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Five-justice majority restores Trump-era policy on water pollution

James Romoser, SCOTUS Blog | Published on 4/6/2022

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A divided Supreme Court on Wednesday reinstated a Trump-era environmental policy that makes it harder for states to block projects that may cause water pollution. The unsigned and unexplained decision prompted Chief Justice John Roberts to join the court’s three liberal justices in criticizing the majority’s use of the emergency docket.

The court’s decision “renders the Court’s emergency docket not for emergencies at all,” Justice Elena Kagan wrote in dissent. “The docket becomes only another place for merits determinations — except made without full briefing and argument.”

Roberts joined Kagan’s dissent, as did Justices Stephen Breyer and Sonia Sotomayor .

The case, Louisiana v. American Rivers, involved the role of states in enforcing the Clean Water Act. Under longstanding federal regulations, states can issue or deny permits for projects — such as the construction of new pipelines — that could pollute rivers or streams. But industry groups complained that some states were abusing their permitting authority to stymie projects for reasons that had nothing to do with water quality.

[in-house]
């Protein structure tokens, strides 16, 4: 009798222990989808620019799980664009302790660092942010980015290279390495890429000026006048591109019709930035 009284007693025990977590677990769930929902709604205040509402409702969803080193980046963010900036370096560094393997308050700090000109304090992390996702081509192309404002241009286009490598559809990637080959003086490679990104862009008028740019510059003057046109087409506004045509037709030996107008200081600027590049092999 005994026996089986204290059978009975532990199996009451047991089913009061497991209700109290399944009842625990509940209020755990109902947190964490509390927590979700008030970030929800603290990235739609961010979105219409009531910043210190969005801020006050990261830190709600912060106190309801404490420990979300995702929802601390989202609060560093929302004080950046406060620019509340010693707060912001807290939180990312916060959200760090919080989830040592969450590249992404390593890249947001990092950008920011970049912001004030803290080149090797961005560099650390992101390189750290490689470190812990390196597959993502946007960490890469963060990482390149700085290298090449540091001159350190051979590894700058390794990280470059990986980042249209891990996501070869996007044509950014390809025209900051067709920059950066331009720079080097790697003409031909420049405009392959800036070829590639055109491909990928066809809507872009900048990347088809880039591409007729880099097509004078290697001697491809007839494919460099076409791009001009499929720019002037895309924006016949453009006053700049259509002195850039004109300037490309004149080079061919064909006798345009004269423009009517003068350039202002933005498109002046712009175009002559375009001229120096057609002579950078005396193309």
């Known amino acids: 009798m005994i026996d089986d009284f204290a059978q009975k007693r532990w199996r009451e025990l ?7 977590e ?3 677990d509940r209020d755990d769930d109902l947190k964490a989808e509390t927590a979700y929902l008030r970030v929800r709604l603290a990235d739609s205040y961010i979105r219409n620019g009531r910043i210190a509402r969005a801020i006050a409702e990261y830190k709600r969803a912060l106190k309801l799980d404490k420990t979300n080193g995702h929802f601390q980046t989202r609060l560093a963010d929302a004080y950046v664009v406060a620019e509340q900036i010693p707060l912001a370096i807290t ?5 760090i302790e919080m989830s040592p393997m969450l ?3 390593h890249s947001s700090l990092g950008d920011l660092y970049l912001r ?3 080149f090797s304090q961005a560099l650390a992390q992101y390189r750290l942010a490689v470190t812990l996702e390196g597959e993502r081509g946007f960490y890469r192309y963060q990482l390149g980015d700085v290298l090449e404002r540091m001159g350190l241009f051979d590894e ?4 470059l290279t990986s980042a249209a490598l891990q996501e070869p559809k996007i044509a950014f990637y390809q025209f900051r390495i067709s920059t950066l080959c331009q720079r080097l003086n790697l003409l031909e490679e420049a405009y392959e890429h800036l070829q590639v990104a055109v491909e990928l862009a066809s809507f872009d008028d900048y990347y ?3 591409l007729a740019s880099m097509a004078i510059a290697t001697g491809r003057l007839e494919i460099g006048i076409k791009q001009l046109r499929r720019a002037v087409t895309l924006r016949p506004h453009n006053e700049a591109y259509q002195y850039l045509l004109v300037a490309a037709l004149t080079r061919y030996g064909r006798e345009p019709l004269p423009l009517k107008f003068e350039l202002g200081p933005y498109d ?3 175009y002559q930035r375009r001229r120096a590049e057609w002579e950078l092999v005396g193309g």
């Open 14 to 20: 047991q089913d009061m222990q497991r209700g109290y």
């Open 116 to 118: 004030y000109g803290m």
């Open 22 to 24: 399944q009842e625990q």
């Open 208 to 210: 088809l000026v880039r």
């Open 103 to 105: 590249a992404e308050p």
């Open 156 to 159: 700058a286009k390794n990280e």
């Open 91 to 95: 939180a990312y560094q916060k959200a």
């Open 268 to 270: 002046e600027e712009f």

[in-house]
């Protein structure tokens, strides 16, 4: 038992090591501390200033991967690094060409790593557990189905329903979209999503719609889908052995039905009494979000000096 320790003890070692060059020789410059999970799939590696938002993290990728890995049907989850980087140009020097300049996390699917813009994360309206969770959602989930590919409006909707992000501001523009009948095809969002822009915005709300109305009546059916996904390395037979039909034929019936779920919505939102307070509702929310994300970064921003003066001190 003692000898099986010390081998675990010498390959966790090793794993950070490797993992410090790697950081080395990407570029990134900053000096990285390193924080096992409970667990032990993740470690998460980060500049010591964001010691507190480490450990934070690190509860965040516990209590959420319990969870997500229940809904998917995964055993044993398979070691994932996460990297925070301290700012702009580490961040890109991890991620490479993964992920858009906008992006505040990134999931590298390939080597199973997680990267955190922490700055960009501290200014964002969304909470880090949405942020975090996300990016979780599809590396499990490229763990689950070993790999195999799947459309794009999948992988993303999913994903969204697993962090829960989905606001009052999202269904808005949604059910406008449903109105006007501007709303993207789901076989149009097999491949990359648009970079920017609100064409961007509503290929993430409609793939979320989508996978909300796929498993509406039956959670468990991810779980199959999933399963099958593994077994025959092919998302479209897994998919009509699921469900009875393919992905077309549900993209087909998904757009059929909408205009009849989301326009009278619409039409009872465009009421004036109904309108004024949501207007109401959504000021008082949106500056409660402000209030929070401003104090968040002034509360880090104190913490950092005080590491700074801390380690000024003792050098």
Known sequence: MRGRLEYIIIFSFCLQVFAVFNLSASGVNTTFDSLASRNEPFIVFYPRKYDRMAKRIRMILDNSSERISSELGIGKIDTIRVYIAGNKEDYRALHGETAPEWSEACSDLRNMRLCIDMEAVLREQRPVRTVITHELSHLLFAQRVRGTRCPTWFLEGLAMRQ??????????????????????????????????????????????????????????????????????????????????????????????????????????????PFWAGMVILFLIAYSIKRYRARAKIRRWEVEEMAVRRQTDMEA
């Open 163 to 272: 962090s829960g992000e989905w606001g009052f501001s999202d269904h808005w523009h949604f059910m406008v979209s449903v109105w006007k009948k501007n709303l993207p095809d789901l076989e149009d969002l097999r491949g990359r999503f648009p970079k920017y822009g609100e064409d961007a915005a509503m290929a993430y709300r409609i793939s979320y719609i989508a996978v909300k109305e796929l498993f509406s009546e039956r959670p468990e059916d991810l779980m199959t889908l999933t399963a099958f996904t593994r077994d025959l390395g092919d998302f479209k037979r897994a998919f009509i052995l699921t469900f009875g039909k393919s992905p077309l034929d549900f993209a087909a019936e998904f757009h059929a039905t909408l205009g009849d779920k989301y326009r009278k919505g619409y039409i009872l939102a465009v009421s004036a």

In response to those concerns, the Environmental Protection Administration under the Trump administration issued a regulation in 2020 that curtailed the role of the states in the permitting process. Environmental groups challenged that regulation. While the challenge was pending, President Joe Biden took office, and his administration announced its intent to replace the Trump-era regulation with its own policy.

In October, a federal district judge in California vacated the Trump regulation while the Biden EPA worked on a replacement. Fossil-fuel groups and some red states came to the Supreme Court on an emergency basis, asking the justices to put the California judge’s ruling on hold while the litigation continues. They argued that the judge did not have the authority to vacate the regulation in these circumstances.

A five-justice majority of the Supreme Court sided with the red states and industry groups on Wednesday, but the court did not explain why. In a brief order that did not offer any reasoning, the court put the California ruling on hold, effectively restoring the Trump policy for now.

The Biden administration can still nullify the policy through a new regulation. In court papers, the administration said the EPA expects to finalize its new regulation by spring 2023.

In her dissent, Kagan accused the majority (which consisted of Justices Clarence Thomas, Samuel Alito, Neil Gorsuch, Brett Kavanaugh, and Amy Coney Barrett) of ignoring the court’s own standards for granting emergency relief. Traditionally, the Supreme Court has been reluctant to freeze lower-court rulings on an emergency basis unless a litigant can show a significant risk that the ruling will cause imminent and irreversible harm. The red states and industry groups, Kagan wrote, have not shown any such risk.

Kagan and the other liberal justices have previously criticized the court’s increasing willingness to resolve substantive disputes on the emergency docket — which scholars and critics often call the shadow docket — but Wednesday’s decision was the first time that Roberts has publicly joined that criticism.